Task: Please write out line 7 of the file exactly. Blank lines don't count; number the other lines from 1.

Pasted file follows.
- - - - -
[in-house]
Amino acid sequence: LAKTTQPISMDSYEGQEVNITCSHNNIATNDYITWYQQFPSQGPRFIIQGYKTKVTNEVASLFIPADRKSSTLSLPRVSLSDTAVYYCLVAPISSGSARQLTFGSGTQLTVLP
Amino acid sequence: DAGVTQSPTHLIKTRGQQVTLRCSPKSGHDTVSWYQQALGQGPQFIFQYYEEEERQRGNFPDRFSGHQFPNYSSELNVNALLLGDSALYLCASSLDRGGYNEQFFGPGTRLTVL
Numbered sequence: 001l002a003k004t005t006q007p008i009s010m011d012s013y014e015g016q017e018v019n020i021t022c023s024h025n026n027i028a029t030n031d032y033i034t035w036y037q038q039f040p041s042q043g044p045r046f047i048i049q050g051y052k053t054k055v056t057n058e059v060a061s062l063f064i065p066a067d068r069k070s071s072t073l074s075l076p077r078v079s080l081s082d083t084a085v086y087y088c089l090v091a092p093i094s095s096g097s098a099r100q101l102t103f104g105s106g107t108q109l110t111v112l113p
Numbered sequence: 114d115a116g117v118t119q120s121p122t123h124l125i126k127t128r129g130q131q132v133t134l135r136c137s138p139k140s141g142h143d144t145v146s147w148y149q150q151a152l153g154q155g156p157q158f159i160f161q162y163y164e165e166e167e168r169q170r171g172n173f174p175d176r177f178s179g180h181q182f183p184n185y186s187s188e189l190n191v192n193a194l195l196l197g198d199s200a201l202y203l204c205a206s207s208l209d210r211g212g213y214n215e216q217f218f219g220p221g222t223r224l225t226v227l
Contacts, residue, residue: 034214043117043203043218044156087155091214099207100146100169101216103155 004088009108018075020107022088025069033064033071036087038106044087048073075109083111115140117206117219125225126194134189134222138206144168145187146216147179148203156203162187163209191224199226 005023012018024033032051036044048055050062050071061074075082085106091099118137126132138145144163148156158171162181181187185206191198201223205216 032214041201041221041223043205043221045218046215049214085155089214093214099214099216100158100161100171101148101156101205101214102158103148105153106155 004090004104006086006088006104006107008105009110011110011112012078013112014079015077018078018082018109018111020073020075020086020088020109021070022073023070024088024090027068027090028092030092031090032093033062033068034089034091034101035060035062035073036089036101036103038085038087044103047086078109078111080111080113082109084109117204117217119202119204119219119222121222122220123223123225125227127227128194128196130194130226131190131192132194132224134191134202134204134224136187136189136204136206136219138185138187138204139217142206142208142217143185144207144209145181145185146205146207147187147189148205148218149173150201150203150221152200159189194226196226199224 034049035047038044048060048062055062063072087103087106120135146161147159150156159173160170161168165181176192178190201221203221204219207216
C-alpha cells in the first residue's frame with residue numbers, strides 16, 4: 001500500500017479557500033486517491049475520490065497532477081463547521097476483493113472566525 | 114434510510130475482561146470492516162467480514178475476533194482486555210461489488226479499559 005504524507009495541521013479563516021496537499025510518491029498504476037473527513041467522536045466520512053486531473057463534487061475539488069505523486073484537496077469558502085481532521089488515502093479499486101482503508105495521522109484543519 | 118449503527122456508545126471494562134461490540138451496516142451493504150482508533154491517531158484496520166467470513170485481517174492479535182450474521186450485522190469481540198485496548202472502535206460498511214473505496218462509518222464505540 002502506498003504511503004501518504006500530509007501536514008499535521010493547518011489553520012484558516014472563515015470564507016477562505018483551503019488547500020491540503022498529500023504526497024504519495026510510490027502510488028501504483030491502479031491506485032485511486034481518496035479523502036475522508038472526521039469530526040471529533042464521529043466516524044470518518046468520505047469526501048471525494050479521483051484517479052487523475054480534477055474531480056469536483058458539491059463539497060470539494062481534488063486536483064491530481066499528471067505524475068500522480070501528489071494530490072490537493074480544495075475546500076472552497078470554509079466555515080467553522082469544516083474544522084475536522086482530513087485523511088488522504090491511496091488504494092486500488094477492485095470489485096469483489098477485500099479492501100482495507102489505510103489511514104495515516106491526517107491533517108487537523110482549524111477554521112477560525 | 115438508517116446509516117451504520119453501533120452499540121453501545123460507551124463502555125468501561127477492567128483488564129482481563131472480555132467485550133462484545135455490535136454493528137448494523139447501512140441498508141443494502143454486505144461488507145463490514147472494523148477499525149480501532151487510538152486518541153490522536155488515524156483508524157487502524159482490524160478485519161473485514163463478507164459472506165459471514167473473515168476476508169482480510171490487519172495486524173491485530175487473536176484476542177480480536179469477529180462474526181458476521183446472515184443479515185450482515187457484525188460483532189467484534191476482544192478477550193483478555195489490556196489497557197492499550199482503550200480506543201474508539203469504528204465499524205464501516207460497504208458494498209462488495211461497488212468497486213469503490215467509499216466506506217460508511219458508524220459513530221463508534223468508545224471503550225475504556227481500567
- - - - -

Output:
C-alpha cells in the first residue's frame with residue numbers, strides 16, 4: 001500500500017479557500033486517491049475520490065497532477081463547521097476483493113472566525 | 114434510510130475482561146470492516162467480514178475476533194482486555210461489488226479499559 005504524507009495541521013479563516021496537499025510518491029498504476037473527513041467522536045466520512053486531473057463534487061475539488069505523486073484537496077469558502085481532521089488515502093479499486101482503508105495521522109484543519 | 118449503527122456508545126471494562134461490540138451496516142451493504150482508533154491517531158484496520166467470513170485481517174492479535182450474521186450485522190469481540198485496548202472502535206460498511214473505496218462509518222464505540 002502506498003504511503004501518504006500530509007501536514008499535521010493547518011489553520012484558516014472563515015470564507016477562505018483551503019488547500020491540503022498529500023504526497024504519495026510510490027502510488028501504483030491502479031491506485032485511486034481518496035479523502036475522508038472526521039469530526040471529533042464521529043466516524044470518518046468520505047469526501048471525494050479521483051484517479052487523475054480534477055474531480056469536483058458539491059463539497060470539494062481534488063486536483064491530481066499528471067505524475068500522480070501528489071494530490072490537493074480544495075475546500076472552497078470554509079466555515080467553522082469544516083474544522084475536522086482530513087485523511088488522504090491511496091488504494092486500488094477492485095470489485096469483489098477485500099479492501100482495507102489505510103489511514104495515516106491526517107491533517108487537523110482549524111477554521112477560525 | 115438508517116446509516117451504520119453501533120452499540121453501545123460507551124463502555125468501561127477492567128483488564129482481563131472480555132467485550133462484545135455490535136454493528137448494523139447501512140441498508141443494502143454486505144461488507145463490514147472494523148477499525149480501532151487510538152486518541153490522536155488515524156483508524157487502524159482490524160478485519161473485514163463478507164459472506165459471514167473473515168476476508169482480510171490487519172495486524173491485530175487473536176484476542177480480536179469477529180462474526181458476521183446472515184443479515185450482515187457484525188460483532189467484534191476482544192478477550193483478555195489490556196489497557197492499550199482503550200480506543201474508539203469504528204465499524205464501516207460497504208458494498209462488495211461497488212468497486213469503490215467509499216466506506217460508511219458508524220459513530221463508534223468508545224471503550225475504556227481500567